Dozens of troops waited in alleyways before dawn preparing to make a move toward the protesters. The government had warned the Red Shirts on Monday to get out by 3 p.m. local time.
On Monday the crackdown never surfaced. Then a glimmer of hope: The streets were relatively quiet as talk of negotiations surfaced on Tuesday, giving weary Bangkok residents a bit of hope this would be resolved soon and peacefully.
That didn't happen.
And then on Wednesday at first light came a flurry of activity. Soldiers moved on the streets, weapons in hand. Some hid behind trees, while others crouched crouch in nearby bushes.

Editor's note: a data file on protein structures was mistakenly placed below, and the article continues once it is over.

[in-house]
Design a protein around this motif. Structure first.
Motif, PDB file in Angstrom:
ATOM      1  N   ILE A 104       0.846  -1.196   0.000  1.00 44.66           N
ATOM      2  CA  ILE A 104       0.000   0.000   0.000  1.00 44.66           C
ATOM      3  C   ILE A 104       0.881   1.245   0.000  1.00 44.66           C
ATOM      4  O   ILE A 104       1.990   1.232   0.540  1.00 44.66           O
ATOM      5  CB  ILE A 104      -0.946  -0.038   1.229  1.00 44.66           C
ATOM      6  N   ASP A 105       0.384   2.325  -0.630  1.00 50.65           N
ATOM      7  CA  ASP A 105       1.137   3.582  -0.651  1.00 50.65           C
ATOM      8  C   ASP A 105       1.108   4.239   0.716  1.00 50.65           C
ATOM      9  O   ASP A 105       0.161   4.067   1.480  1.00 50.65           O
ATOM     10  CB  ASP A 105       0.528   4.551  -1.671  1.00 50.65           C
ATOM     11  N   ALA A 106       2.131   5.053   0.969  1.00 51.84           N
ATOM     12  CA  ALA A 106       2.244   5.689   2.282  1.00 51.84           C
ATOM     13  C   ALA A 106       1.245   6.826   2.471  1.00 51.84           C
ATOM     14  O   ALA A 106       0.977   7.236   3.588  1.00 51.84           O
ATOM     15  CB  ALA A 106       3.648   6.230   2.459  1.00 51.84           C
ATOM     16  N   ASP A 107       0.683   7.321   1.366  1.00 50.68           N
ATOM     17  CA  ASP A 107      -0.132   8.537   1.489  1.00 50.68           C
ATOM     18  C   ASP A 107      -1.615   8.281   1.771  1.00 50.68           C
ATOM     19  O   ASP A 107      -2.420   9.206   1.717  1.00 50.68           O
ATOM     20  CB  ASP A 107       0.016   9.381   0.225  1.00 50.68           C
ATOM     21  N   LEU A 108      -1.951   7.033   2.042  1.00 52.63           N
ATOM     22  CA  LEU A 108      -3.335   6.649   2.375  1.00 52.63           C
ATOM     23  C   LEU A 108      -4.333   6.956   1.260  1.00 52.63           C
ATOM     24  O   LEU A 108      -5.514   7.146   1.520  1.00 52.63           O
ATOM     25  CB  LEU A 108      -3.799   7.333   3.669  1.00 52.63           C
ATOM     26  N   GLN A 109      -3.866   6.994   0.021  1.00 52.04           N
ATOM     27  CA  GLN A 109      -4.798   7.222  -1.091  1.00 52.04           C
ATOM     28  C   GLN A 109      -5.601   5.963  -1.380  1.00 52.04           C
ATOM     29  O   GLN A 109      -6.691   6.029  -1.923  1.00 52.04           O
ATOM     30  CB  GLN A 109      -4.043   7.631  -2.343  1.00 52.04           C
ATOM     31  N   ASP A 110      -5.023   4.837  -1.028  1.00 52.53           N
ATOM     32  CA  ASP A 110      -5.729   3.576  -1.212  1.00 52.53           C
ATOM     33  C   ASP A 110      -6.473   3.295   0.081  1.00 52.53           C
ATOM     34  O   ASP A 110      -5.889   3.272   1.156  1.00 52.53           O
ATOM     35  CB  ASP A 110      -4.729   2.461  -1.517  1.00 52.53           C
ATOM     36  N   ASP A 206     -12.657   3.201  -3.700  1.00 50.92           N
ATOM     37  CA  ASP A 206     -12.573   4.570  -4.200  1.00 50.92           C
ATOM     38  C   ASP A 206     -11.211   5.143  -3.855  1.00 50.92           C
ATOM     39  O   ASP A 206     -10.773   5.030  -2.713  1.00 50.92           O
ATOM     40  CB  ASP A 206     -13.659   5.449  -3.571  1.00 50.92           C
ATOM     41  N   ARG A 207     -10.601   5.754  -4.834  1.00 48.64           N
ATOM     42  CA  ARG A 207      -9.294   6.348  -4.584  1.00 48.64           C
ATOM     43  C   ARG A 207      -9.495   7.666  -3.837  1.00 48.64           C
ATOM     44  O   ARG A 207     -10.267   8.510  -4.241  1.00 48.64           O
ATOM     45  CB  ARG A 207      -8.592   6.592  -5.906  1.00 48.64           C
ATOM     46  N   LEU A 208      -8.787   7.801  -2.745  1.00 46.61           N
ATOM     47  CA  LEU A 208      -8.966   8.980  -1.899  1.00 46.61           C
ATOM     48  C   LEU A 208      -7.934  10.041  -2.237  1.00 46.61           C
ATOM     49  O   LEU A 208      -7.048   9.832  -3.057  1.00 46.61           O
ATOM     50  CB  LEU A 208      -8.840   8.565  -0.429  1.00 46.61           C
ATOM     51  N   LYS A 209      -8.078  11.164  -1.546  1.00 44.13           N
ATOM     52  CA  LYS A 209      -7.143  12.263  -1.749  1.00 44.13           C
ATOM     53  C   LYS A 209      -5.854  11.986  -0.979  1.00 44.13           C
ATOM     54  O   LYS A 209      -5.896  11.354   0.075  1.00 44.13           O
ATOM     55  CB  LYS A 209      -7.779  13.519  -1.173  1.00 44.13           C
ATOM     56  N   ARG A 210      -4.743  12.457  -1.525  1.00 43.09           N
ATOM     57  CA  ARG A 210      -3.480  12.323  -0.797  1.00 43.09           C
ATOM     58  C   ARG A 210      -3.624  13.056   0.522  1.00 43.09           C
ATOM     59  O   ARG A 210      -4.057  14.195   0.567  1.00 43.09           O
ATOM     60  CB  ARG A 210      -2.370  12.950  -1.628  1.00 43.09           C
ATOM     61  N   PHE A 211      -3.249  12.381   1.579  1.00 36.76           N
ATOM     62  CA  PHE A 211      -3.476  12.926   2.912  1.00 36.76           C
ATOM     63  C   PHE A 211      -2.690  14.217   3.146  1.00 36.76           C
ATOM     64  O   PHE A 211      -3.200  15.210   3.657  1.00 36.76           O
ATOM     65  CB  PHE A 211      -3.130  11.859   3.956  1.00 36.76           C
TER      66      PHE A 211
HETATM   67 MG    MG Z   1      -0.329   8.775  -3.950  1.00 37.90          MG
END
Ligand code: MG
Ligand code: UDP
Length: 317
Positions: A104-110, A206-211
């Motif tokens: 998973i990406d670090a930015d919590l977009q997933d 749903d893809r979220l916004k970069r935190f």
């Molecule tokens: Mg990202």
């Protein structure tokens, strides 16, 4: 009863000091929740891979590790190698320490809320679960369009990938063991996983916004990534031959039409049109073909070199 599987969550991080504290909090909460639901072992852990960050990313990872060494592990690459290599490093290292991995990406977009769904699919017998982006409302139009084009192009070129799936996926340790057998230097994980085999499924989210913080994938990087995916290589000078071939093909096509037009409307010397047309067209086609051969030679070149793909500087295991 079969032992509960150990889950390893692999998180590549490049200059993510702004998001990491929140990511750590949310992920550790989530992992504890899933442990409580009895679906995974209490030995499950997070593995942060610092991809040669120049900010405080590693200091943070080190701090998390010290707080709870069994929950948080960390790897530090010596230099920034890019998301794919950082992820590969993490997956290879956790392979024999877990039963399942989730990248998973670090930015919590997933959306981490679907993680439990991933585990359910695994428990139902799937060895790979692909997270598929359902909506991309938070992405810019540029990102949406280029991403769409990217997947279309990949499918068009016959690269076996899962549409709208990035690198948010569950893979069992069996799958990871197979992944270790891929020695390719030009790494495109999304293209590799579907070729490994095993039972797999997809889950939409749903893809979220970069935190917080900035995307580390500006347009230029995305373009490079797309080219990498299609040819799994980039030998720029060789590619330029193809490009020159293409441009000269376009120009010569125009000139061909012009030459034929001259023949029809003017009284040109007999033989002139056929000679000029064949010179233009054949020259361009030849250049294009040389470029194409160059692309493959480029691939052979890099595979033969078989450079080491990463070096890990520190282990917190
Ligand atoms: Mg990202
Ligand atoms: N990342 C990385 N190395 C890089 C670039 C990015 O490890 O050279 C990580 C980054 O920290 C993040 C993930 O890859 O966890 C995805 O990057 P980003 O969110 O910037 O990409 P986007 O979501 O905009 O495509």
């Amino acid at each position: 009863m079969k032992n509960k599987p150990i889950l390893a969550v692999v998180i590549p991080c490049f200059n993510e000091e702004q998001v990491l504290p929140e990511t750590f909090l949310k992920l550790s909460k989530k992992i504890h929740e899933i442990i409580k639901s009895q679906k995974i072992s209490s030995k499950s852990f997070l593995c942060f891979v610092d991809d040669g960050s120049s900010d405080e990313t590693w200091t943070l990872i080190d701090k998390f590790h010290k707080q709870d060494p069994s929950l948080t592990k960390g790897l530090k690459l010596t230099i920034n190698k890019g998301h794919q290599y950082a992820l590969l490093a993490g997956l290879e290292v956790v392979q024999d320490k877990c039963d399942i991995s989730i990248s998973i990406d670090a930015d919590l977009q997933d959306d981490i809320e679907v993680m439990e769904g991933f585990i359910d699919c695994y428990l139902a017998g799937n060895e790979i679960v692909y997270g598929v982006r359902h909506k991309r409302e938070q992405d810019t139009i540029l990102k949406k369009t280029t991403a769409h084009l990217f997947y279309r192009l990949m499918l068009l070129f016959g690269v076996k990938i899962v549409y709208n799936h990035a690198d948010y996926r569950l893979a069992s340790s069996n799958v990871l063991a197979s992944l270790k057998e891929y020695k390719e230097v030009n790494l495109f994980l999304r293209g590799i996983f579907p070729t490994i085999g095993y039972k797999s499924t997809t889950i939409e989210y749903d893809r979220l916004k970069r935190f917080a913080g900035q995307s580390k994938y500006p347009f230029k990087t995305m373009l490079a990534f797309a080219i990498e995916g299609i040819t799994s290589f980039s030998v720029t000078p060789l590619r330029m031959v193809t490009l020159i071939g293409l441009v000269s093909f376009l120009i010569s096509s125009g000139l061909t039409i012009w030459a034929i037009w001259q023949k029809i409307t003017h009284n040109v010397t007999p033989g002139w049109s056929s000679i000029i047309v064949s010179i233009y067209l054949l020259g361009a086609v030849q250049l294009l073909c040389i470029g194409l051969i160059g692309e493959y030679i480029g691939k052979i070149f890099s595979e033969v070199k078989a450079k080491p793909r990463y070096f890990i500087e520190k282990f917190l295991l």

Then, in single file, they moved. We watched as they passed the U.S. Embassy, helmets bouncing as they picked up the pace. They ran toward the area where anti-government protesters have created a large encampment for the past six weeks.
A couple hours later came the sound of blasts and rapid gunfire in the center of the city. The protesters have refused to leave and the government wants them out. Armored personnel carriers lurched onto the street. Tanks bashed through some of the barricades made of tires and sharpened bamboo sticks.
The protesters don't budge but the troops don't push all the way in, either. Bangkok waits to see which side will blink first.